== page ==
In 2012, Owl Project were roosting at Sudborough Green Lodge and hooting in the adjacent village, Brigstock. Unlike the owl in our logo, these Owls were Simon Blackmore, Antony Hall and Steve Symons. A collaborative group of artists who work with wood and electronics to fuse sculpture and sound art, creating music making machines and objects which combine pre-steam and digital technology.
Infiltrating Brigstock Sawmill and seeing their giant saw blades in action, Owl Project recognised the potential of woodworking and saw blades as signal carriers and sound generators – saw-tooth sound waves.
This led to the invention of a series of beautiful wooden treadle-powered music making machines. Sawmill inspired circular saws, laser cut so their shape came from either an audio file of white noise or a series of sine waves that were mapped to the outside of the disks. Their “Bi-Saw Oscillator” used the motion of two old handsaws moving through a light beam, in conjunction with custom software, to create further electronic loops and beats.
As part of their residency Owl Project visited Brigstock Latham’s Primary School. A school assembly introduced students to the work of Owl Project, as well as other artist-inventors throughout history. Before students were encouraged to invent their own sound making machines from lights and electronic components, using hand cut paper stencils to mimic early synthesizer technology.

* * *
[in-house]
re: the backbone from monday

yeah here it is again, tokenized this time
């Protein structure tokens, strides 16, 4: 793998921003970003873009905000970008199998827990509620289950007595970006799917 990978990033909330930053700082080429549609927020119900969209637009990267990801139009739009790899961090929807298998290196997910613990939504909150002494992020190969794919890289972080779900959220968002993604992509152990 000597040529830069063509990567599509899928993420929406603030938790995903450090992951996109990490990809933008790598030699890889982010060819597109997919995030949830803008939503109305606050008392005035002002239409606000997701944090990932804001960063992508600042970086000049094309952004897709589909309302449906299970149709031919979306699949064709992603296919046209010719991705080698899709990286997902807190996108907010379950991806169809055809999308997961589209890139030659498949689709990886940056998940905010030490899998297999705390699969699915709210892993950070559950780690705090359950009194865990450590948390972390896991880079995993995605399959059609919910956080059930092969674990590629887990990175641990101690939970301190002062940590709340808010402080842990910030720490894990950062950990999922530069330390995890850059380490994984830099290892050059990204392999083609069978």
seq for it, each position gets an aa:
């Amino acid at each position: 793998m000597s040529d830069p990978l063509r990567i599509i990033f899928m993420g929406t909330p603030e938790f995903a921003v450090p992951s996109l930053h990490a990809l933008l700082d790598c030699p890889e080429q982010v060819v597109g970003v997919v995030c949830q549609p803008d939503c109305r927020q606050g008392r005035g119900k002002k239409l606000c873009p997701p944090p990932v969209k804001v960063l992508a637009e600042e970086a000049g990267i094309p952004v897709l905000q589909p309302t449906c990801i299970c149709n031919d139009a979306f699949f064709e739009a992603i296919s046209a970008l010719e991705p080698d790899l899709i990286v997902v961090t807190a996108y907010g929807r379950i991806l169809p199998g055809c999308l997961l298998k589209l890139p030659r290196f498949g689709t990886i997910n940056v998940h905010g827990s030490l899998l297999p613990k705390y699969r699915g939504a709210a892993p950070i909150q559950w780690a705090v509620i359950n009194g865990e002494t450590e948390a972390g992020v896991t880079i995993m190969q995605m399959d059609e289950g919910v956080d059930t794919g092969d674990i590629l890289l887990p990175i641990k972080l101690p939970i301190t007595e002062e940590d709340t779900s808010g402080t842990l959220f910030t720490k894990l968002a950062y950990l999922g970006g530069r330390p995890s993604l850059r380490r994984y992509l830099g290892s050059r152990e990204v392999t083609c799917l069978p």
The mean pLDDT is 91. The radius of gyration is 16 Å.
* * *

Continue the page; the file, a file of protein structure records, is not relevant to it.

The culmination of their residency was a live performance in Brigstock Village Hall. In a nod to a previous Brigstock resident who allegedly used to play the saw, Owl Project used their machines to produce an audio-visual performance unlike any other. Two local nonagenarians described it as
“Extraordinary – when you get to our age it isn’t often you discover something different”.
Students from the Primary School were also awarded with Arts Award certificates for taking part in the project. Appropriately these certificates, designed by our Community Arts Administration Apprentice (the first of which in the region), also doubled up as instruments – the bottom of the certificate wrapped around a comb to make a kazoo.
Look out for more Fermynwoods Friday posts each week looking back on some of our favourite projects.